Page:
18. The Witch Family by Eleanor Estes. Most people know Estes from Ginger Pye or The Moffats or The Hundred Dresses (though we LOVE that one), but this is another one with which Lucy is obsessed. It's about two little girls who sit upstairs in their playroom in a house on Garden Lane with a gingko tree outside their window, drawing pictures of witches. Up on Glass Hill, all the things the girls draw come true. I'm going to get her the audiobook for Christmas. Shhh, don't tell her.
19. The Haunting of Hill House by Shirley Jackson
20. The Diary of Anne Frank
21. (I knew no one would get this one either)--Glittering Images by Susan Howatch. Great book though, about espionage in the Church of England.
So there you go. What are some of your favorite first lines?
Wednesday, November 18, 2009
But it did make me think about great first lines of novels, so I thought I'd throw some out here. I absolutely will not use "It is a truth universally acknowledged..." because everyone knows that, and also "It was the best of times; it was the worst of times..." Rather, I'll just put down some great opening lines from some books I love. I'll put the books they're from tomorrow, in case you want to guess any. Or Google them, I don't care. Do you like how I nonchalantly threw those options out there, just like it won't matter to me at all if there are ZERO comments on this post? Really. It won't hurt my feelings one little bit. Promise. Not a bit.
So, without further ado...here they are.
1. Except for the Marabar Caves--and they are twenty miles off--the city of Chandrapore presents nothing extraordinary.
2. In my younger and more vulnerable years my father gave me some advice that I've been turning over in my mind ever since.
3. When he was nearly thirteen, my brother Jem got his arm badly broken at the elbow.
4. Mrs. Eva Marie Olinski always gave great answers.
5. The Garden Committee had met to discuss the earth; not the whole earth, the terrestial globe, but the bit of it that had been stolen from the Gardens in the Square.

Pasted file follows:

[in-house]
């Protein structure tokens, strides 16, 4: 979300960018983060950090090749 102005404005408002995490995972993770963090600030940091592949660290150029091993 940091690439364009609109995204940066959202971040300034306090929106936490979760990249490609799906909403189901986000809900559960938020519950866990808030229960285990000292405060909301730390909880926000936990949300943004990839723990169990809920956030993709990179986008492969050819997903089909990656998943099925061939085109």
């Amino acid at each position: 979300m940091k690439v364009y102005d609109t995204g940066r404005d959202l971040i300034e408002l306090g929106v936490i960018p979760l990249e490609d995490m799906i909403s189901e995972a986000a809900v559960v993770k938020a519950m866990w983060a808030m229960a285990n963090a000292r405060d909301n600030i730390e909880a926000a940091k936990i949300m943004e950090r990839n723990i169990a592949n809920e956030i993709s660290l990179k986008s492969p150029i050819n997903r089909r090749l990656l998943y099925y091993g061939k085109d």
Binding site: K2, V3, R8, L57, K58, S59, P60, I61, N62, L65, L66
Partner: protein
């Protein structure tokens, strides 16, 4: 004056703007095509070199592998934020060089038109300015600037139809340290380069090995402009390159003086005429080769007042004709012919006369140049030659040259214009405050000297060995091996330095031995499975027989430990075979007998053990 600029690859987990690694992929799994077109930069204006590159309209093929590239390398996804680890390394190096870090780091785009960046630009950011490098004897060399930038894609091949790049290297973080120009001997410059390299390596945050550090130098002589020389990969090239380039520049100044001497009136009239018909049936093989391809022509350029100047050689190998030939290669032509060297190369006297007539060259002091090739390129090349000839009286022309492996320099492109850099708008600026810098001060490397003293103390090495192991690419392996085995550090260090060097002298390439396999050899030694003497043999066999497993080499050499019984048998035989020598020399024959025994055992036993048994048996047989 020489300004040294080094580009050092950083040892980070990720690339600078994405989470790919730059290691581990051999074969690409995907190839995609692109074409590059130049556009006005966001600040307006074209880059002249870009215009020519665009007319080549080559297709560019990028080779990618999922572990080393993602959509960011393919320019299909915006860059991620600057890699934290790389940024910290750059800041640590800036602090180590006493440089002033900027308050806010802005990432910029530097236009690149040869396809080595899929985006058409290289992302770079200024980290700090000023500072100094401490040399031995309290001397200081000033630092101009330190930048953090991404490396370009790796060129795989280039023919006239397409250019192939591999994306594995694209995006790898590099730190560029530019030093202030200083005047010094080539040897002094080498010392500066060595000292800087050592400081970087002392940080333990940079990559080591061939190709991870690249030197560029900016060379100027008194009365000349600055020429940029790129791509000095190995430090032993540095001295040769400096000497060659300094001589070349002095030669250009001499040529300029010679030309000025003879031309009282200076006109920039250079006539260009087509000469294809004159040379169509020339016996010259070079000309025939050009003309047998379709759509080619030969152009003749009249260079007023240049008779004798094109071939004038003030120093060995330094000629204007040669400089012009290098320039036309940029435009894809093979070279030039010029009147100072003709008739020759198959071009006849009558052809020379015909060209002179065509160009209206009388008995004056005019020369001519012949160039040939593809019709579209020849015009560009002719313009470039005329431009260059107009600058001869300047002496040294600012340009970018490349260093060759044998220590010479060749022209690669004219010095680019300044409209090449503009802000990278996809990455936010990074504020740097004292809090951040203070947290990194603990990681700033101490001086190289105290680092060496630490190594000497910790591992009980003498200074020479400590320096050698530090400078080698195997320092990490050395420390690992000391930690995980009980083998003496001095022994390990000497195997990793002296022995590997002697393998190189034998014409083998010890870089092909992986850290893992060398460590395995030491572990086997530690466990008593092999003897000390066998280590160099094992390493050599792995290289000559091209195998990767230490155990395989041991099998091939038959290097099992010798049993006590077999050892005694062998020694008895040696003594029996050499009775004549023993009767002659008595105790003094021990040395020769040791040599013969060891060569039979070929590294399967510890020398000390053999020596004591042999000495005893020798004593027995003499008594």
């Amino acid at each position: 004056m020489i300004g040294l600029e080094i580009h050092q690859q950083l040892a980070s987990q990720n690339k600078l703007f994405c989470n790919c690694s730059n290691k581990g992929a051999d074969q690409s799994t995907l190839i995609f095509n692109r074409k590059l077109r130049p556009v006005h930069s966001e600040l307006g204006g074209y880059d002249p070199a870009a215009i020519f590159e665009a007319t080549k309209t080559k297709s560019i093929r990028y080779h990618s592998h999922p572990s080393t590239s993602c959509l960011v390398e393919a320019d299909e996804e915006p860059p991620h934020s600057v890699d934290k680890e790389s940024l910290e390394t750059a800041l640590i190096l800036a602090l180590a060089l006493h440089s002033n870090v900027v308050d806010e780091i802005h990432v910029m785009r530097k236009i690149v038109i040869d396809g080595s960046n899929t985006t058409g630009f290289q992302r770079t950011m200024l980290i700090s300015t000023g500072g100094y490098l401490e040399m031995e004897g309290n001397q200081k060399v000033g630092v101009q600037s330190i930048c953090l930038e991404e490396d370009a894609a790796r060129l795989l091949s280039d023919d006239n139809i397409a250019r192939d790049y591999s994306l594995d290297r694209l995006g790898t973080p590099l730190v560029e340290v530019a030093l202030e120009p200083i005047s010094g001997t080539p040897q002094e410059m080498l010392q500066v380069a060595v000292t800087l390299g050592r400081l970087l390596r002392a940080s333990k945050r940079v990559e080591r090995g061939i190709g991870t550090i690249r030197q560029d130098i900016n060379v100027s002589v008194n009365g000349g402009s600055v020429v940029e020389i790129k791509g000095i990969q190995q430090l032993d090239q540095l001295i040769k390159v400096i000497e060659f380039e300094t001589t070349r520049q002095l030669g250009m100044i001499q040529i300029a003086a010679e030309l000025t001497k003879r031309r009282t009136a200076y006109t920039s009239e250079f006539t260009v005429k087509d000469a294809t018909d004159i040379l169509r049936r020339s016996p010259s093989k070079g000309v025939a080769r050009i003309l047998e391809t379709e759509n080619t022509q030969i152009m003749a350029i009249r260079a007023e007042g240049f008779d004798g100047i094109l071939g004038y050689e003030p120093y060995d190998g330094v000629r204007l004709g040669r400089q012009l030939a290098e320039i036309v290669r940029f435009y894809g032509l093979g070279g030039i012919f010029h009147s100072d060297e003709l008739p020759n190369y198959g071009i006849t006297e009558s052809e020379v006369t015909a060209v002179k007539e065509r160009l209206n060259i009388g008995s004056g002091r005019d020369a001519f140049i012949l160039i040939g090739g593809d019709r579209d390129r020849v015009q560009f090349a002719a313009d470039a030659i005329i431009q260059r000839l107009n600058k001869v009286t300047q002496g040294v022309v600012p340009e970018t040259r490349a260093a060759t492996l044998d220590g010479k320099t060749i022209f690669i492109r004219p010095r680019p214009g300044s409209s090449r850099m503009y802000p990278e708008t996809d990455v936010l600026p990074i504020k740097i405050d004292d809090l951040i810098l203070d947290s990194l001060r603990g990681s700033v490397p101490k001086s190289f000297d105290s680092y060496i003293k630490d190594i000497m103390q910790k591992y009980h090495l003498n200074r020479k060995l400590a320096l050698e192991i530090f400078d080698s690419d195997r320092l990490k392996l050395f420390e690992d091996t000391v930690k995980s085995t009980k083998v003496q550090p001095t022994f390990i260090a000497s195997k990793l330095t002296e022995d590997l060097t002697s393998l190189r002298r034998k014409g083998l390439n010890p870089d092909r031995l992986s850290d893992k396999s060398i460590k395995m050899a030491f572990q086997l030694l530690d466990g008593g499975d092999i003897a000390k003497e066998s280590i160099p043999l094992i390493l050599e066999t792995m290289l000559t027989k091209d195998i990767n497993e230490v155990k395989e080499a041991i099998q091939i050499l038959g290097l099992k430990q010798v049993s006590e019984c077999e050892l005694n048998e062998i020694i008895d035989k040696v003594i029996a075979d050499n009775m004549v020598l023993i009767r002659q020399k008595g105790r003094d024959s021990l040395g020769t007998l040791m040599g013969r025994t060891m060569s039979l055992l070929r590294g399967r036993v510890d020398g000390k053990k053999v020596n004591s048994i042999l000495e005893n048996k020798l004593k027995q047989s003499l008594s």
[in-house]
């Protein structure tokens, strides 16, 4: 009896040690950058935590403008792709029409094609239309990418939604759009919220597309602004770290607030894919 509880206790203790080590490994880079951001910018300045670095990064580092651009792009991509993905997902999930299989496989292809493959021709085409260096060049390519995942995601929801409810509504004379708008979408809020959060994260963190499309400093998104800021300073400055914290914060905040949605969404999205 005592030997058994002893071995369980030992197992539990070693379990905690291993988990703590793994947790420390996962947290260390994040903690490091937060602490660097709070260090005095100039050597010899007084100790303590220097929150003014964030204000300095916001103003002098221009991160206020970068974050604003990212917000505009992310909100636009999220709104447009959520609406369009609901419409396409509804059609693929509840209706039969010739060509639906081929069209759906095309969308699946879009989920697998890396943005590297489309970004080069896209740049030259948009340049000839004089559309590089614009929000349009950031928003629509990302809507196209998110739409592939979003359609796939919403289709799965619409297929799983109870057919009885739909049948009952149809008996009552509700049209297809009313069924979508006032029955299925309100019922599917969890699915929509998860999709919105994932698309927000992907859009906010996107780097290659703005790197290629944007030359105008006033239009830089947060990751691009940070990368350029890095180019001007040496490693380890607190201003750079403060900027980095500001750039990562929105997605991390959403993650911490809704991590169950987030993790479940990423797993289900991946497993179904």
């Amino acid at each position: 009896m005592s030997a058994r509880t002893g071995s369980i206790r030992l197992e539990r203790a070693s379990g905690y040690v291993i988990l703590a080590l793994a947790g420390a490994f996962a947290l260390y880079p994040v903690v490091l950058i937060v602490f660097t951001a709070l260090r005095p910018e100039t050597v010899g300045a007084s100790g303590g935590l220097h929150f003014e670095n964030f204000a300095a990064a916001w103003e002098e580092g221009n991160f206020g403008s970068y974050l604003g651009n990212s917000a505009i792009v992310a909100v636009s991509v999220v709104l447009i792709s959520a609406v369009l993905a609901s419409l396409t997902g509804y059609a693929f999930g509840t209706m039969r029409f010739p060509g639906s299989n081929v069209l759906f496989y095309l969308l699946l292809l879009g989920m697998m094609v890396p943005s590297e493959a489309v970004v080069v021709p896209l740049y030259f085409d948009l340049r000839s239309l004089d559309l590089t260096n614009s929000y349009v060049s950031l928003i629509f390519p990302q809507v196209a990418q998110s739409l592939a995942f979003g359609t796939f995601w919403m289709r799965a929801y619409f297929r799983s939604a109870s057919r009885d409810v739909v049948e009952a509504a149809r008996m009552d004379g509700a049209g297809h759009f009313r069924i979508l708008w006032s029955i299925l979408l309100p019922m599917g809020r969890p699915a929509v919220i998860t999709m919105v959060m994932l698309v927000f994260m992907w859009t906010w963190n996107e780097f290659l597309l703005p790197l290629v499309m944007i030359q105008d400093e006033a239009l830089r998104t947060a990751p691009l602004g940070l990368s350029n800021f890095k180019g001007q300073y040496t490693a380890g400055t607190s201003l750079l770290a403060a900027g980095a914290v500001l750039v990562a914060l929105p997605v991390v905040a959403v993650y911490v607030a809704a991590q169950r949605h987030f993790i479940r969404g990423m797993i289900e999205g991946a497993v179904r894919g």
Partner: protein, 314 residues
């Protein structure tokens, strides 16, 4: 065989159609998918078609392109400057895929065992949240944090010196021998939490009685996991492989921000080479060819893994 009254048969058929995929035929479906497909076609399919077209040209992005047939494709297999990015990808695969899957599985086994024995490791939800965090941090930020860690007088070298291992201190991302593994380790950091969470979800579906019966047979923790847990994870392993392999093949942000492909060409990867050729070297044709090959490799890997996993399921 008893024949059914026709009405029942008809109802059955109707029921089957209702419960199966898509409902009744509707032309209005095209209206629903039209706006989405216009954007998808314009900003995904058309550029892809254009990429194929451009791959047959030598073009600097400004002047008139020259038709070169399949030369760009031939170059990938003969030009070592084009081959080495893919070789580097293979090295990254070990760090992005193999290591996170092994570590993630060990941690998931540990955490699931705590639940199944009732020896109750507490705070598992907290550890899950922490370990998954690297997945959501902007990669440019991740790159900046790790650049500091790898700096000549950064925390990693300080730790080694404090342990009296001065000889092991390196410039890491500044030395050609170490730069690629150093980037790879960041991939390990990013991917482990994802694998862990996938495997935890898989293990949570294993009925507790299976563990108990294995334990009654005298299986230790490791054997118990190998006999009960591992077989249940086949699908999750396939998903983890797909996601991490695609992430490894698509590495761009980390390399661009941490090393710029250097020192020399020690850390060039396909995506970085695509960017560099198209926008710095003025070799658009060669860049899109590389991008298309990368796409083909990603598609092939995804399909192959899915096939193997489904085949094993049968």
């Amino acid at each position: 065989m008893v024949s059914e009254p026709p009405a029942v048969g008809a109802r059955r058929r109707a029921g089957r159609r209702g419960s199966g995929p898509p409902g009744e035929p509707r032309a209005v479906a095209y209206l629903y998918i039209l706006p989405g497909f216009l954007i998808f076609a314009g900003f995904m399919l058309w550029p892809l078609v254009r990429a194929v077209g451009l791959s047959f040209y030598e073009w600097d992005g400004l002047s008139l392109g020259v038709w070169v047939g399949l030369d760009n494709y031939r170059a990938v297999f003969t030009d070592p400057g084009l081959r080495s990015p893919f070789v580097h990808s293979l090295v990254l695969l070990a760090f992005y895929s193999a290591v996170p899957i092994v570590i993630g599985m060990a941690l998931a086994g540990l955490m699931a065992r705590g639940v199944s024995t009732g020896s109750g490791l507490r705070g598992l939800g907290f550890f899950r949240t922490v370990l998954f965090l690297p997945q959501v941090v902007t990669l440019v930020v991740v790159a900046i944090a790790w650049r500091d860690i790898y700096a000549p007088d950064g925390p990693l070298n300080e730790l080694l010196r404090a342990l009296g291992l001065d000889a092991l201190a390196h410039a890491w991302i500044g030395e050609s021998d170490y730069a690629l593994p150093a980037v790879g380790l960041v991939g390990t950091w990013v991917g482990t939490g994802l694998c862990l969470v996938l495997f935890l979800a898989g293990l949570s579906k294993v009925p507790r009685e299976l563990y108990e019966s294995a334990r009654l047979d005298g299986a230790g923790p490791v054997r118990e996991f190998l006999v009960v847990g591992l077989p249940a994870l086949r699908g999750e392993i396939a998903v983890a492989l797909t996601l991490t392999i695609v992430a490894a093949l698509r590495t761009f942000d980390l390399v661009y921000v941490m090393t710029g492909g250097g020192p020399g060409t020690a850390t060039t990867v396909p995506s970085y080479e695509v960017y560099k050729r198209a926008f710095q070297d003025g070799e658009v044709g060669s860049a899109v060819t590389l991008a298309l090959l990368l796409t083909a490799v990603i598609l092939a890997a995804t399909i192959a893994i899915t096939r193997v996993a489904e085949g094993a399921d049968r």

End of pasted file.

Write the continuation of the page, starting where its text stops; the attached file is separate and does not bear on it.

6. There was a boy called Eustace Clarence Scrubb, and he almost deserved it.
7. "I have been here before" I said; I had been there before; first with Sebastian more than twenty years ago on a cloudless day in June...
8. A story has no beginning or end: arbitrarily one chooses that moment of experience from which to look back or from which to look ahead.
9. The clothes of the dead won't wear long.
10. To have a reason to get up in the morning, it is necessary to possess a guiding principle.
11. "Where's Papa going with that axe?" said Fern to her mother as they were setting the table for breakfast.
12. "Christmas won't be Christmas without any presents," grumbled Jo, lying on the rug. (sooooo easy)
13. Last night I dreamt I went to Manderley again.
14. "There are dragons in the twins' vegetable garden."
15. Claudia knew she could never pull off the old-fashioned kind of running away.
16. Once upon a time and a very good time it was there was a moocow coming down along the road and this moocow that was coming down along the road met a nicens little boy named baby tuckoo.
17. Gwenda Reed stood, shivering a little, on the quayside.
18. One day, Old Witch, the head witch of all the witches, was banished.
19. No live organism can continue for long to exist sanely under conditions of absolute reality; even larks and katydids are supposed, by some, to dream.
20. On Friday, June 12th, I woke up at six o'clock and no wonder, it was my birthday.
and for an extra one, the first line of the book I am currently rerererereading:
21. My ordeal began one summer afternoon when I received a telephone call from the Archbishop of Canterbury.
Ta da--there you go.
Monday, November 16, 2009